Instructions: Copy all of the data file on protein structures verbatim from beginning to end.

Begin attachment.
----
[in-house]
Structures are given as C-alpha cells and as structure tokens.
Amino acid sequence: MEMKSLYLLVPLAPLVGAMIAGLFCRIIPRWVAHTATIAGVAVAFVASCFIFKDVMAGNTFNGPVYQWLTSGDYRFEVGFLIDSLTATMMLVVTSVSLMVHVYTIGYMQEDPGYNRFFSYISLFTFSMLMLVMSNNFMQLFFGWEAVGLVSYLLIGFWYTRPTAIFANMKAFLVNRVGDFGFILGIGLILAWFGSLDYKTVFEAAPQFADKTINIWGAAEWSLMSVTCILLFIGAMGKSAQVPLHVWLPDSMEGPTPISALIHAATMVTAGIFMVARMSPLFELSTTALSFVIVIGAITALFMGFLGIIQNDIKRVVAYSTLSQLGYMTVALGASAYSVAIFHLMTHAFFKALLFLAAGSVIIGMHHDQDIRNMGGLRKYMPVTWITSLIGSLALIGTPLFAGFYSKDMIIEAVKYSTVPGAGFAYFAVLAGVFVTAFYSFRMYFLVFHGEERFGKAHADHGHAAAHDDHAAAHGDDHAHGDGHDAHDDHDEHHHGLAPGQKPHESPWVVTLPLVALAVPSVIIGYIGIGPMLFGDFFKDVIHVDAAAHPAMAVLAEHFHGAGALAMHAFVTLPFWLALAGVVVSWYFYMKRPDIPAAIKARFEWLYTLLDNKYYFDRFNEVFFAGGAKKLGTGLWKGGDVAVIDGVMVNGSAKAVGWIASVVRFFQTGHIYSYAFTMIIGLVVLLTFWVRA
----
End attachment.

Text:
[in-house]
Structures are given as C-alpha cells and as structure tokens.
Amino acid sequence: MEMKSLYLLVPLAPLVGAMIAGLFCRIIPRWVAHTATIAGVAVAFVASCFIFKDVMAGNTFNGPVYQWLTSGDYRFEVGFLIDSLTATMMLVVTSVSLMVHVYTIGYMQEDPGYNRFFSYISLFTFSMLMLVMSNNFMQLFFGWEAVGLVSYLLIGFWYTRPTAIFANMKAFLVNRVGDFGFILGIGLILAWFGSLDYKTVFEAAPQFADKTINIWGAAEWSLMSVTCILLFIGAMGKSAQVPLHVWLPDSMEGPTPISALIHAATMVTAGIFMVARMSPLFELSTTALSFVIVIGAITALFMGFLGIIQNDIKRVVAYSTLSQLGYMTVALGASAYSVAIFHLMTHAFFKALLFLAAGSVIIGMHHDQDIRNMGGLRKYMPVTWITSLIGSLALIGTPLFAGFYSKDMIIEAVKYSTVPGAGFAYFAVLAGVFVTAFYSFRMYFLVFHGEERFGKAHADHGHAAAHDDHAAAHGDDHAHGDGHDAHDDHDEHHHGLAPGQKPHESPWVVTLPLVALAVPSVIIGYIGIGPMLFGDFFKDVIHVDAAAHPAMAVLAEHFHGAGALAMHAFVTLPFWLALAGVVVSWYFYMKRPDIPAAIKARFEWLYTLLDNKYYFDRFNEVFFAGGAKKLGTGLWKGGDVAVIDGVMVNGSAKAVGWIASVVRFFQTGHIYSYAFTMIIGLVVLLTFWVRA